Here’s something a little different, a landscape that’s not really a landscape. This is ‘Pink Waterlilies in Sunlight’ – it’s quite a large painting, 26 x 32, with a beautiful classic white gold frame.
Here's the photo that I used as the material for the painting.
I’ve been visiting glasshouses and exotic gardens for decades now, as there’s something really fascinating about the abstract shapes of plants – cacti, succulents, the shapes and reflections of leaves on water.
I’ve painted in the cactus gardens in Barcelona, the glasshouses at Kew in London, Duthie Park in Aberdeen, the Botanics in Glasgow (the orchid house was a particular favourite), the lilies in the ponds in Central Park in New York and the glasshouses at Edinburgh. Wherever I can find them, in fact. When I was starting out painting, I used to go twice a week to the Botanics in Glasgow to study the plants and paint , and the rest of the time to Kelvingrove to draw the animal specimens, even being allowed access to the collection in the basement.
Painting plants is a discipline, as it is all about observation – something which was very much drummed into my biology science class at university. You need to constantly look, and observe. To understand the importance in art of knowing the basic principles of design in the natural world and botany, I’ll point you in the direction of fellow Glaswegian, Christopher Dresser .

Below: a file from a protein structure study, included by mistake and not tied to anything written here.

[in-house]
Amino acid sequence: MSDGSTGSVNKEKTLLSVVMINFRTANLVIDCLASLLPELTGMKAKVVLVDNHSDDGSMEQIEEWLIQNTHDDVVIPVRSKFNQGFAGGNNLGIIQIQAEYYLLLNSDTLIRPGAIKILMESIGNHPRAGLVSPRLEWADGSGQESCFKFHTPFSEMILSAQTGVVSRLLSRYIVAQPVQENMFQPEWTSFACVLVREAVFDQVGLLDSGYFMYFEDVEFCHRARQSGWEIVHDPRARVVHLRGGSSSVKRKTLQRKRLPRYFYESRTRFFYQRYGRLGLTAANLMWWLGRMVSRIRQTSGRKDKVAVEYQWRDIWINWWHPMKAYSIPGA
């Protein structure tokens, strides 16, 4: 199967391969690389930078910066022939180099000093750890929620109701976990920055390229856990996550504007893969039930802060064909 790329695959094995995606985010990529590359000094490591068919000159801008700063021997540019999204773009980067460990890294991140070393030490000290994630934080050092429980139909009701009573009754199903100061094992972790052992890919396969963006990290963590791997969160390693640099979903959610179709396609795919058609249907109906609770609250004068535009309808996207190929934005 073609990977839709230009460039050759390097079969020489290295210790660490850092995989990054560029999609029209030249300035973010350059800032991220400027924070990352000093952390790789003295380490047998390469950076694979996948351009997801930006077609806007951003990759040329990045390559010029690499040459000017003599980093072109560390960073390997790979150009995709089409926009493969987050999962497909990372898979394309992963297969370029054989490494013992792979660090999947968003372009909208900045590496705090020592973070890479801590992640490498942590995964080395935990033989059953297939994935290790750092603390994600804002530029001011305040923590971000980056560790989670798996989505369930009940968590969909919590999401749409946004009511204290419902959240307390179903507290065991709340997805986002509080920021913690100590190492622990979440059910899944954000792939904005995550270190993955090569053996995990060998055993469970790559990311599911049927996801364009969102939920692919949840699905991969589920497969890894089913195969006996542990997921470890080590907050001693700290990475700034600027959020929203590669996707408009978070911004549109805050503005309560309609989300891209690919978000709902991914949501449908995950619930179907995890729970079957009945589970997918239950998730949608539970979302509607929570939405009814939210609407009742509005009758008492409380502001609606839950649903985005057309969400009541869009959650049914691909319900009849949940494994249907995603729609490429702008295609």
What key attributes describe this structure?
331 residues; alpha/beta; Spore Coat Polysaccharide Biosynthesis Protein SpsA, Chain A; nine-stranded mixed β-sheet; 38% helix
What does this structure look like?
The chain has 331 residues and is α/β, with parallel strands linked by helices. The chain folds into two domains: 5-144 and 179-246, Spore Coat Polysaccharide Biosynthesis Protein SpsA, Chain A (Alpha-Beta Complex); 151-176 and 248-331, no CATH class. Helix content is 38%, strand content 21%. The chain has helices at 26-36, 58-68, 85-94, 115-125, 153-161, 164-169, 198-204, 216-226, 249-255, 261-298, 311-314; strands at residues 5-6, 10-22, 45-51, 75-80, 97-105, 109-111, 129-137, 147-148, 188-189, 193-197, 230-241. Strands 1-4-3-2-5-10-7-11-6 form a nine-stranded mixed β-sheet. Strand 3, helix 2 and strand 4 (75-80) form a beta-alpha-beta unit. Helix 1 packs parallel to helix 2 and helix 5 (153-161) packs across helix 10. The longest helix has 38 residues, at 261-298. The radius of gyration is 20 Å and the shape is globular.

Of course, it’s a bit of a cliché to paint waterlilies – Monet managed it so much bigger, more extravagantly, more audaciously than anyone else could possibly ever do. Of course, he had the money, and the estate, and six gardeners, and a diverted river to feed his lily ponds, and exotic plants bought in, and vast canvasses and giant studios and good weather. And the talent. No-one is ever going to top that.
But there is still something fascinating about watching the patterns changing on the surface of things, of the reflections and the light and the colours. You are painting exactly what you see, but it is all about abstraction and pattern-making, as there are no longer the usual reference points for reading the painting, a lack of easy means of measuring distance and depth. You are looking down at the sky. It is a world of invertions, where nothing is quite as it seems.
In the photos, I have included at the end some of my paintings of waterlilies from 30 years ago, along with a sheet of botanical drawings. I have few photos of early work, which, because they are studies, lie in piles in my studio, unphotographed.